Majoring in history or political science may help you to learn to think critically, and that is a skill that is valuable in fields like medicine and law, but its unlikely to lead to the same level of monetary reward as someone who pursues, say, a Masters In Business Administration.On some level, colleges have become vocational school almost as much as they are “institutions of higher learning.” I’m not sure whether that is a good or a bad thing, but it’s the world that we live in and it’s unlikely to change.Tags: Phd Thesis On Employer BrandingGoogle Business Plan TemplateOrganization Of An EssayIntroduction To Personal EssayEssays On Cause And EffectGood English ThesisSailing To Byzantium Essay QuestionsTaj Mahal Essay
Students who took courses heavy on both reading (more than 40 pages a week) and writing (more than 20 pages in a semester) showed higher rates of learning. I would think it would be, but on some level such an analysis would seem to ignore the reasons that students go to college today.
Unlike in the past, when a college education was viewed as an opportunity for learning, there seems to be more of a focus today on learning skills that will lead to a high rate of monetary return after college.
Ann Althouse, who teaches law at the University of Wisconsin, wonders why the study concentrates so much on the students and not the professors: It strikes me as a fair point considering that it is sort of difficult to teach someone a skill you don’t possess yourself.
Another blogger points out that this isn’t just an indictment of college education in the U. Before joining OTB, he wrote at Below The Beltway, The Liberty Papers, and United Liberty Follow Doug on Twitter | Facebook The field of study breakdown is almost precisely what I was going to predict before getting to that point of your post!
There’s scholarship pointing to a connection among deriving most of one’s information via reading (as contrasted with listening or watching), abstract reasoning, and critical thinking.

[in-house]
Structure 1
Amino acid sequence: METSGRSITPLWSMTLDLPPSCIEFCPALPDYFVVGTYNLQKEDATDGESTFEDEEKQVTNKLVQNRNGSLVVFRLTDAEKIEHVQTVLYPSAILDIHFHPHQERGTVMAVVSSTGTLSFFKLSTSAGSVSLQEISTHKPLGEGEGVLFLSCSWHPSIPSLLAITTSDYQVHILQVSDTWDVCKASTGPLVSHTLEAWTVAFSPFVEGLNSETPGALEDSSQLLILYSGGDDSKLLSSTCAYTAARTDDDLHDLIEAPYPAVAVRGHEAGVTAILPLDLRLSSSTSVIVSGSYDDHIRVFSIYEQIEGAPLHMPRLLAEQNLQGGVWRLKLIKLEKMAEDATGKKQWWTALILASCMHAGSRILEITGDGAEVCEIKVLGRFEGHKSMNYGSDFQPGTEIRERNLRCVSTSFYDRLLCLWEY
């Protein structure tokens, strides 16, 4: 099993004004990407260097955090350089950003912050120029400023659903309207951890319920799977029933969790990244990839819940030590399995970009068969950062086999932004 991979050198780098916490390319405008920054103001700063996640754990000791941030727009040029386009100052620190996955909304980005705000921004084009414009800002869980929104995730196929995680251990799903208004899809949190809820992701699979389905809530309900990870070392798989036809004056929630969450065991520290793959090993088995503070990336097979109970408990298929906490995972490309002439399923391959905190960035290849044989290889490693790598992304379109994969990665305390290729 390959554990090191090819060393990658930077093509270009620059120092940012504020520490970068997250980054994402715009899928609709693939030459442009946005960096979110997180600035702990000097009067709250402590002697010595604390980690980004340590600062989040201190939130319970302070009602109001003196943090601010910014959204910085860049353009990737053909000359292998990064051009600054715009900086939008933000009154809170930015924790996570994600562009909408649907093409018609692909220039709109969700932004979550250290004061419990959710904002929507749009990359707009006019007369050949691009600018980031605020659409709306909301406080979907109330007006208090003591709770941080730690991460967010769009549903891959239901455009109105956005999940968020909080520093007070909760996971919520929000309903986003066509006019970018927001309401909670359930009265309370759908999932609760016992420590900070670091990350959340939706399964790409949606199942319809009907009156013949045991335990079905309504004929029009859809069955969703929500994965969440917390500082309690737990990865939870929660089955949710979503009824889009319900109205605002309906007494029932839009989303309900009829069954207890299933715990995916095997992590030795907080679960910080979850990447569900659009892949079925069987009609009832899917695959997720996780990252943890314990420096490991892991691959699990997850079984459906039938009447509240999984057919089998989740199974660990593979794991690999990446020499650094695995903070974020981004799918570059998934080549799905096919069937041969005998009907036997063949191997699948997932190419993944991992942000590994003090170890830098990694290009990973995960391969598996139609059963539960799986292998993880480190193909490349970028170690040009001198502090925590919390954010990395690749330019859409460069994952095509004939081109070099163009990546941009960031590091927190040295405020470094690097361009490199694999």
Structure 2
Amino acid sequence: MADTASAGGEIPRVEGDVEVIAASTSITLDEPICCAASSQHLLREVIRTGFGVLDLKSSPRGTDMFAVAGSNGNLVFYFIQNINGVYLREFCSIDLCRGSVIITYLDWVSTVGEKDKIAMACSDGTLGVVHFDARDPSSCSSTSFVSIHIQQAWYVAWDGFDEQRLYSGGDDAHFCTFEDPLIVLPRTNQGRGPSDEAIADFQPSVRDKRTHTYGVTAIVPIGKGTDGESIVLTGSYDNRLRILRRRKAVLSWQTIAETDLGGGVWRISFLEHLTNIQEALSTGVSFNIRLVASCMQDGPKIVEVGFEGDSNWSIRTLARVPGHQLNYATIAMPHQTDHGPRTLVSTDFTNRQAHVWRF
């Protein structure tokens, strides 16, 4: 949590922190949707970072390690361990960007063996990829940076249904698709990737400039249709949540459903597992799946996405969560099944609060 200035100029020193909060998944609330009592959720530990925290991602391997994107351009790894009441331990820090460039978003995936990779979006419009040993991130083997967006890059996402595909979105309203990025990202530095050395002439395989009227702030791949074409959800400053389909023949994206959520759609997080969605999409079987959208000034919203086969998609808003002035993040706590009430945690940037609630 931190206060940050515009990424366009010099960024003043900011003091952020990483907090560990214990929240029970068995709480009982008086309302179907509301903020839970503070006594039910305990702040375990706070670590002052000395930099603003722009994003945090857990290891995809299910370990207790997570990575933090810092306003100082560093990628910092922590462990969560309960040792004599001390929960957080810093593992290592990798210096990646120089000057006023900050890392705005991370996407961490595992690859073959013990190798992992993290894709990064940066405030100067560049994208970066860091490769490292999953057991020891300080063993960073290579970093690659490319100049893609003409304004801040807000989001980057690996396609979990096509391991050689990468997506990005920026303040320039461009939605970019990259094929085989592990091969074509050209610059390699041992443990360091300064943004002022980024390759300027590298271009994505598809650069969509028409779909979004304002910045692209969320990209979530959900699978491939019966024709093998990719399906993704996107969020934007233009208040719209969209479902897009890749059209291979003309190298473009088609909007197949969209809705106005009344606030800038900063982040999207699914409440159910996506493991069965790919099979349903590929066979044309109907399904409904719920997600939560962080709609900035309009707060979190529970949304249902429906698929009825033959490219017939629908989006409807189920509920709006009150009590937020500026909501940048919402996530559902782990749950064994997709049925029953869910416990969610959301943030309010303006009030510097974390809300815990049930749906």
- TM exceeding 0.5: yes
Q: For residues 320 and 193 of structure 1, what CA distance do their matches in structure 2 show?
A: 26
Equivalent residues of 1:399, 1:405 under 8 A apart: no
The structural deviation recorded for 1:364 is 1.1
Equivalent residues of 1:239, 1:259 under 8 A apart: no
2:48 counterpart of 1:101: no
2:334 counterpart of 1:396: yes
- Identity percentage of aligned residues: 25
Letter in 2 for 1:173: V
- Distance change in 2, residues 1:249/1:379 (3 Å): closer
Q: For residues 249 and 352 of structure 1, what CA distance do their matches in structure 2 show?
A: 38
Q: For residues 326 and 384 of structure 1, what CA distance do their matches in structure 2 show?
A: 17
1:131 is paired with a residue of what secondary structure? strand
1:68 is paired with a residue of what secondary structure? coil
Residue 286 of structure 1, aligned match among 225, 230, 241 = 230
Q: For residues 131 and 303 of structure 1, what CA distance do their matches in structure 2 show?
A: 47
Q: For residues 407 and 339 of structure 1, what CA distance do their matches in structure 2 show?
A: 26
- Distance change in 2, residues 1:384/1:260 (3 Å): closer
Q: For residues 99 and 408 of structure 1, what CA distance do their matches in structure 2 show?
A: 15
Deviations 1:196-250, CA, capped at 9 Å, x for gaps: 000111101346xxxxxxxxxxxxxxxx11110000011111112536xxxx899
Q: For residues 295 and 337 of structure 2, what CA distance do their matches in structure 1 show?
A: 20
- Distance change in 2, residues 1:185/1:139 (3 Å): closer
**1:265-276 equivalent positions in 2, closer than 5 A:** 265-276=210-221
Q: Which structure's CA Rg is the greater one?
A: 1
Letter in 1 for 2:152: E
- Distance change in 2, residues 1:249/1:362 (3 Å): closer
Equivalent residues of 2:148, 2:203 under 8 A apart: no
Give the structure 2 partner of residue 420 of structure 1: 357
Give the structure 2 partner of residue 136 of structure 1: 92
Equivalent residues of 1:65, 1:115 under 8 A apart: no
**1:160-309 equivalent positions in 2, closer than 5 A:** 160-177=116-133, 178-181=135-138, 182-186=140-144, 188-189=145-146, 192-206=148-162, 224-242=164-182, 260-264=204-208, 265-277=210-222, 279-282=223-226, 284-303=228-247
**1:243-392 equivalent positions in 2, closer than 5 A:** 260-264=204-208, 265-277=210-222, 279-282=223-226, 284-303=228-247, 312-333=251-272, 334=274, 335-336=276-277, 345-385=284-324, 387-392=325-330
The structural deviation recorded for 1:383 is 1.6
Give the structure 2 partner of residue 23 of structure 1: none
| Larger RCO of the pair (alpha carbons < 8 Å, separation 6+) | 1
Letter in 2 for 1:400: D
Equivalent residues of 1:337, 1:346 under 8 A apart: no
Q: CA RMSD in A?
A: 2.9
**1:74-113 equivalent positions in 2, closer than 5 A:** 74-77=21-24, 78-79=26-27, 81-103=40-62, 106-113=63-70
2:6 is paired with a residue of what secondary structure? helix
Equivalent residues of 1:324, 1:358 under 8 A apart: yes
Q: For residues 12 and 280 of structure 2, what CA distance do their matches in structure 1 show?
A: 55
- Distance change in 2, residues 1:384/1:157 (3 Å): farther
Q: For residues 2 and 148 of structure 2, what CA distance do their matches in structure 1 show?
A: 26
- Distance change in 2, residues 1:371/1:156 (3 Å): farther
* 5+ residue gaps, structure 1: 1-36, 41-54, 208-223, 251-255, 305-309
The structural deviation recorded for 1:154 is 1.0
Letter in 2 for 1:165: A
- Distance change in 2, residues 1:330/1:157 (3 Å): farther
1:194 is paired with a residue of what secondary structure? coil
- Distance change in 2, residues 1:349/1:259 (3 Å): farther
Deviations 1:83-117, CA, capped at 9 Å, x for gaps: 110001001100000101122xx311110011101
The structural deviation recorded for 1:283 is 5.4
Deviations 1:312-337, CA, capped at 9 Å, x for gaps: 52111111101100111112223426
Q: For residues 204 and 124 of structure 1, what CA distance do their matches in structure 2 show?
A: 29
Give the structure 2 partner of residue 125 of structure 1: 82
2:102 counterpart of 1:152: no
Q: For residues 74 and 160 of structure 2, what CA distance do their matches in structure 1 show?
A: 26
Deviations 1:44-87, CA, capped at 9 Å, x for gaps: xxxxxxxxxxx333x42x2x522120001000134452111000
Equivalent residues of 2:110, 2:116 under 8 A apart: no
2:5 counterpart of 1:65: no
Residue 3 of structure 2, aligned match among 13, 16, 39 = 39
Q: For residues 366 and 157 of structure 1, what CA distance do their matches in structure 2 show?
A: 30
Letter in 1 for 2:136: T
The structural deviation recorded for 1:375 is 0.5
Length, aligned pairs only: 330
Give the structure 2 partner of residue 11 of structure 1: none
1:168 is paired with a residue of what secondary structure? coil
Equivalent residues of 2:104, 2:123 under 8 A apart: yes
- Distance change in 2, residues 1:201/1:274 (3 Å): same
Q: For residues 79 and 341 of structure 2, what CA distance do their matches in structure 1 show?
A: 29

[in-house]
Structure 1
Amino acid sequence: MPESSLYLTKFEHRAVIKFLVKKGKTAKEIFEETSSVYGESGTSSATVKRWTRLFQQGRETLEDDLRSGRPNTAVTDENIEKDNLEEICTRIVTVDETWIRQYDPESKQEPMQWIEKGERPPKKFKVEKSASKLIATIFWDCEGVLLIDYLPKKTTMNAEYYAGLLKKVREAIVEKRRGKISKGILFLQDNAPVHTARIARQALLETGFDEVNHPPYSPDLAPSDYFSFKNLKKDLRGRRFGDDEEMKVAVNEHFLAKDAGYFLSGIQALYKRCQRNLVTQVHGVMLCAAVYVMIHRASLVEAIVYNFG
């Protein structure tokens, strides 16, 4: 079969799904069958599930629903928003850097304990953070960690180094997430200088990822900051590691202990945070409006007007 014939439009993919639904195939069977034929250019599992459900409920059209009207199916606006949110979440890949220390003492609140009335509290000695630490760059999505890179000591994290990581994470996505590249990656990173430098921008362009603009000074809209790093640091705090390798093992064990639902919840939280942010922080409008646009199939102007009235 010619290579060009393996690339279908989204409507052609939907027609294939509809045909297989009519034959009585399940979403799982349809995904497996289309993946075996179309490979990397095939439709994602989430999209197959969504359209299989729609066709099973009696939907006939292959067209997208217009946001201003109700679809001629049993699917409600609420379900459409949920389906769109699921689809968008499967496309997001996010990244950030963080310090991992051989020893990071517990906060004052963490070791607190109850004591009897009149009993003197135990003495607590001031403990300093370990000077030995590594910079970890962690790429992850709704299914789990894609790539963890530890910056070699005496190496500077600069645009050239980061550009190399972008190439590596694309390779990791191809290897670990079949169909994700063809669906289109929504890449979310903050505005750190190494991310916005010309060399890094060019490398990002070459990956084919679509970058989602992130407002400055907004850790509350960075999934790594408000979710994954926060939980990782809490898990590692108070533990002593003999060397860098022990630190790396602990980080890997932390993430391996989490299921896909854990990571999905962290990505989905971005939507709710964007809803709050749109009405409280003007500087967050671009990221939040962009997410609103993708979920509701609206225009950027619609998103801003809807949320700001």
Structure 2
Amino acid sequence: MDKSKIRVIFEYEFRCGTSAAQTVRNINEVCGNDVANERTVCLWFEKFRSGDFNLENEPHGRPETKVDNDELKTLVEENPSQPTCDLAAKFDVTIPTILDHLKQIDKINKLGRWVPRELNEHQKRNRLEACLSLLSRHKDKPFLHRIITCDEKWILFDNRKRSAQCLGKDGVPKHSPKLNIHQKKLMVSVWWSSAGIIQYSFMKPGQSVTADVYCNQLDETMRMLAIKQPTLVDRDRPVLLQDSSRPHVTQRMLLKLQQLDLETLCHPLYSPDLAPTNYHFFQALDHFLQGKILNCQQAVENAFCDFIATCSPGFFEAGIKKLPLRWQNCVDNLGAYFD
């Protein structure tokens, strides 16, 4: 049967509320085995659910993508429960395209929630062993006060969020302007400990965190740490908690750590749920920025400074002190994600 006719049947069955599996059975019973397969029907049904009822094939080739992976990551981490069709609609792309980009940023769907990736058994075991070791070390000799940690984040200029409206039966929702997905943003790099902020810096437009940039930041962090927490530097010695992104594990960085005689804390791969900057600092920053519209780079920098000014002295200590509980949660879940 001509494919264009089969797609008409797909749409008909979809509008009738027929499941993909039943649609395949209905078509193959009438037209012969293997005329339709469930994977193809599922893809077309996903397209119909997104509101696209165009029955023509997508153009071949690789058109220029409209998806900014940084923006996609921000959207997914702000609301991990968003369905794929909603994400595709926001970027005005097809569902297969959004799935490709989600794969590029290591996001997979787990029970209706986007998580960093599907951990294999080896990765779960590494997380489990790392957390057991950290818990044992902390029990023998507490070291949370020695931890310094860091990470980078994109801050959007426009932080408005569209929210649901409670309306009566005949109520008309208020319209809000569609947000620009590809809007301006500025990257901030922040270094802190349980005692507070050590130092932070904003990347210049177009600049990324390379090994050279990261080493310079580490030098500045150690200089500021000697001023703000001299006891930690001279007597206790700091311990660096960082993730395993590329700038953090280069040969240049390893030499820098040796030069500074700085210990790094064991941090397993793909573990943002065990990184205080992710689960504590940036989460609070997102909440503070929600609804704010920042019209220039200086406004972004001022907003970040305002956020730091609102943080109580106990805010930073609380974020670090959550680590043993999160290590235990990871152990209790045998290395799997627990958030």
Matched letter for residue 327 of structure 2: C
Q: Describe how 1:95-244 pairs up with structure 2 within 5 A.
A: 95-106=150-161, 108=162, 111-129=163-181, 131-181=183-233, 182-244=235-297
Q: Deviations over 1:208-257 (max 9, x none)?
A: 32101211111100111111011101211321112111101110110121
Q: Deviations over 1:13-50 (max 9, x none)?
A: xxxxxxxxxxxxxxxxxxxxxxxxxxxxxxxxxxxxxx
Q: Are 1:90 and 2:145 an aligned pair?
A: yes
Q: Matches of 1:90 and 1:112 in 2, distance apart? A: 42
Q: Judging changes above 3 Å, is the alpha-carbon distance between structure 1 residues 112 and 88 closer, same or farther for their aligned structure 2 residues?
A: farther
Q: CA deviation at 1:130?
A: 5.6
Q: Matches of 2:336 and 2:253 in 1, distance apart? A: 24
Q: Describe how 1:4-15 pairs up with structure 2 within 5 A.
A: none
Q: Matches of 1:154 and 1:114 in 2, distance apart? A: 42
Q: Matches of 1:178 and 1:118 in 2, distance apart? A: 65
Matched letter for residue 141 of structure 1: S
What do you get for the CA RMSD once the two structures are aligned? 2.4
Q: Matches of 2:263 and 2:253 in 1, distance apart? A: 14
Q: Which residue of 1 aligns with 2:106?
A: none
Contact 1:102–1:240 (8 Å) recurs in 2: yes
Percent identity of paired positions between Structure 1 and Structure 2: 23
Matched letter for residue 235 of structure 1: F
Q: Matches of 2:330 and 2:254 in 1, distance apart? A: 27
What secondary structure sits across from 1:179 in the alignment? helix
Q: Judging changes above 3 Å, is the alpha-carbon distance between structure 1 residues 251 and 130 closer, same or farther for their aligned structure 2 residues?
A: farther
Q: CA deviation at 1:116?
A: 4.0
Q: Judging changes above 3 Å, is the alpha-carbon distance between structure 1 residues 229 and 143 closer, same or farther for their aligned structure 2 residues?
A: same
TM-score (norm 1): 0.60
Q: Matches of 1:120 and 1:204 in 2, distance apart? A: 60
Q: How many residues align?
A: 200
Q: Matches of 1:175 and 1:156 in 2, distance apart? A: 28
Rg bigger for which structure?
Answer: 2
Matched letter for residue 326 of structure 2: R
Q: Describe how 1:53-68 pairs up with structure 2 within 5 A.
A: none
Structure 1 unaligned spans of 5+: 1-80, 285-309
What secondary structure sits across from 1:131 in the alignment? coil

I also have observed that younger people seem to have extremely short attention spans.The engineers (using that as a catch-all term) think philosophy is airy-fairy and that critical thinking is only useful in problem-solving.The bulk of religious parents think philosophy and critical thinking are a threat. spends more on education in total dollars terms and per capita than any other country in the world. The median wage for that, around ,000, is pretty darned good.Usually this elicits hoots of derision from the number-crunchers, engineers and other applied science guys who tend to be over-represented online. We can’t teach critical thinking for one reason above all others: religion.Critical thinking threatens parents who rather stupidly imagine that the point of education is to turn their children into exact duplicates of themselves.Students majoring in business, education, social work and communications showed the least gains in learning.However, the authors note that their findings don’t preclude the possibility that such students “are developing subject-specific or occupationally relevant skills.” Greater gains in liberal arts subjects are at least partly the result of faculty requiring higher levels of reading and writing, as well as students spending more time studying, the study’s authors found.S.: By the time our kids get to college it is too late to change habits por learn new skills that should have been taught to them in grade k-12 in my opinion. The traditional academic fields — math, science, history, philosophy, social sciences, etc. That’s pretty much the whole point of those fields: Applied reasoning.This study does not merely condemn colleges, it throws a harsh light on our primary education system on this country. Students do not walk into college blank slates, but as products of the education they received for twelve years before that. in Political Science from Rutgers University and J. The vocational-technical field, meanwhile, are engaged in training and/or credentialing for the job market.In general, the US doesn’t pay our teachers well (compared to other professions and other nations), nor do we reward them for excellence, nor do we often provide them with a system that accurately assesses their efforts (i.e., No child left behind ring any bells? If colleges are failing at their primary mission, it isn’t necessarily their fault. That’s fine insofar as it goes — getting a job after graduation is a laudable goal!— but it’s silly to then complain that you didn’t get a real college education.